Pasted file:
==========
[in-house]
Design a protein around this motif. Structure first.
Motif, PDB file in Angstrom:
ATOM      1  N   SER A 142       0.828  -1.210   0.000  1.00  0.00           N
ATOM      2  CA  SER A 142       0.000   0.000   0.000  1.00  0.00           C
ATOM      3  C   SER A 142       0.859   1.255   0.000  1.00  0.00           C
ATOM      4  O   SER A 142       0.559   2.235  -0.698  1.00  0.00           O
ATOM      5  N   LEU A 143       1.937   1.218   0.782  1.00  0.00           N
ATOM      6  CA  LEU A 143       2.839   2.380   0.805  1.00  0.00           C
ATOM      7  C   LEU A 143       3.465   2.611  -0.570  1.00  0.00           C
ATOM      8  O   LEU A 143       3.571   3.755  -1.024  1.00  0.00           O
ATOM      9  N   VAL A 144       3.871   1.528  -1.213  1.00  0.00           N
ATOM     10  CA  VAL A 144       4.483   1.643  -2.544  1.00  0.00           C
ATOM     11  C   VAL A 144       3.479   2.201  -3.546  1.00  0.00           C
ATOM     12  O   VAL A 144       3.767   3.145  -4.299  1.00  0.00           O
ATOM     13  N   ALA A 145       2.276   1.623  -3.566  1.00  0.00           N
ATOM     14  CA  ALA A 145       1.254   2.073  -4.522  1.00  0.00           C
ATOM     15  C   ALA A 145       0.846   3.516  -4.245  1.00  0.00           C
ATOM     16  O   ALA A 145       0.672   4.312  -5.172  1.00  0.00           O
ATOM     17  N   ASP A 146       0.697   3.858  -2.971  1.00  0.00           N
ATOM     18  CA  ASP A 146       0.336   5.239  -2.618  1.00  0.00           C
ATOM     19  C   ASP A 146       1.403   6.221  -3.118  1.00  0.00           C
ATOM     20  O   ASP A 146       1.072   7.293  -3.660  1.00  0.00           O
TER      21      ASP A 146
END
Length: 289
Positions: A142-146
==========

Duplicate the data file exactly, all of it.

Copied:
[in-house]
Design a protein around this motif. Structure first.
Motif, PDB file in Angstrom:
ATOM      1  N   SER A 142       0.828  -1.210   0.000  1.00  0.00           N
ATOM      2  CA  SER A 142       0.000   0.000   0.000  1.00  0.00           C
ATOM      3  C   SER A 142       0.859   1.255   0.000  1.00  0.00           C
ATOM      4  O   SER A 142       0.559   2.235  -0.698  1.00  0.00           O
ATOM      5  N   LEU A 143       1.937   1.218   0.782  1.00  0.00           N
ATOM      6  CA  LEU A 143       2.839   2.380   0.805  1.00  0.00           C
ATOM      7  C   LEU A 143       3.465   2.611  -0.570  1.00  0.00           C
ATOM      8  O   LEU A 143       3.571   3.755  -1.024  1.00  0.00           O
ATOM      9  N   VAL A 144       3.871   1.528  -1.213  1.00  0.00           N
ATOM     10  CA  VAL A 144       4.483   1.643  -2.544  1.00  0.00           C
ATOM     11  C   VAL A 144       3.479   2.201  -3.546  1.00  0.00           C
ATOM     12  O   VAL A 144       3.767   3.145  -4.299  1.00  0.00           O
ATOM     13  N   ALA A 145       2.276   1.623  -3.566  1.00  0.00           N
ATOM     14  CA  ALA A 145       1.254   2.073  -4.522  1.00  0.00           C
ATOM     15  C   ALA A 145       0.846   3.516  -4.245  1.00  0.00           C
ATOM     16  O   ALA A 145       0.672   4.312  -5.172  1.00  0.00           O
ATOM     17  N   ASP A 146       0.697   3.858  -2.971  1.00  0.00           N
ATOM     18  CA  ASP A 146       0.336   5.239  -2.618  1.00  0.00           C
ATOM     19  C   ASP A 146       1.403   6.221  -3.118  1.00  0.00           C
ATOM     20  O   ASP A 146       1.072   7.293  -3.660  1.00  0.00           O
TER      21      ASP A 146
END
Length: 289
Positions: A142-146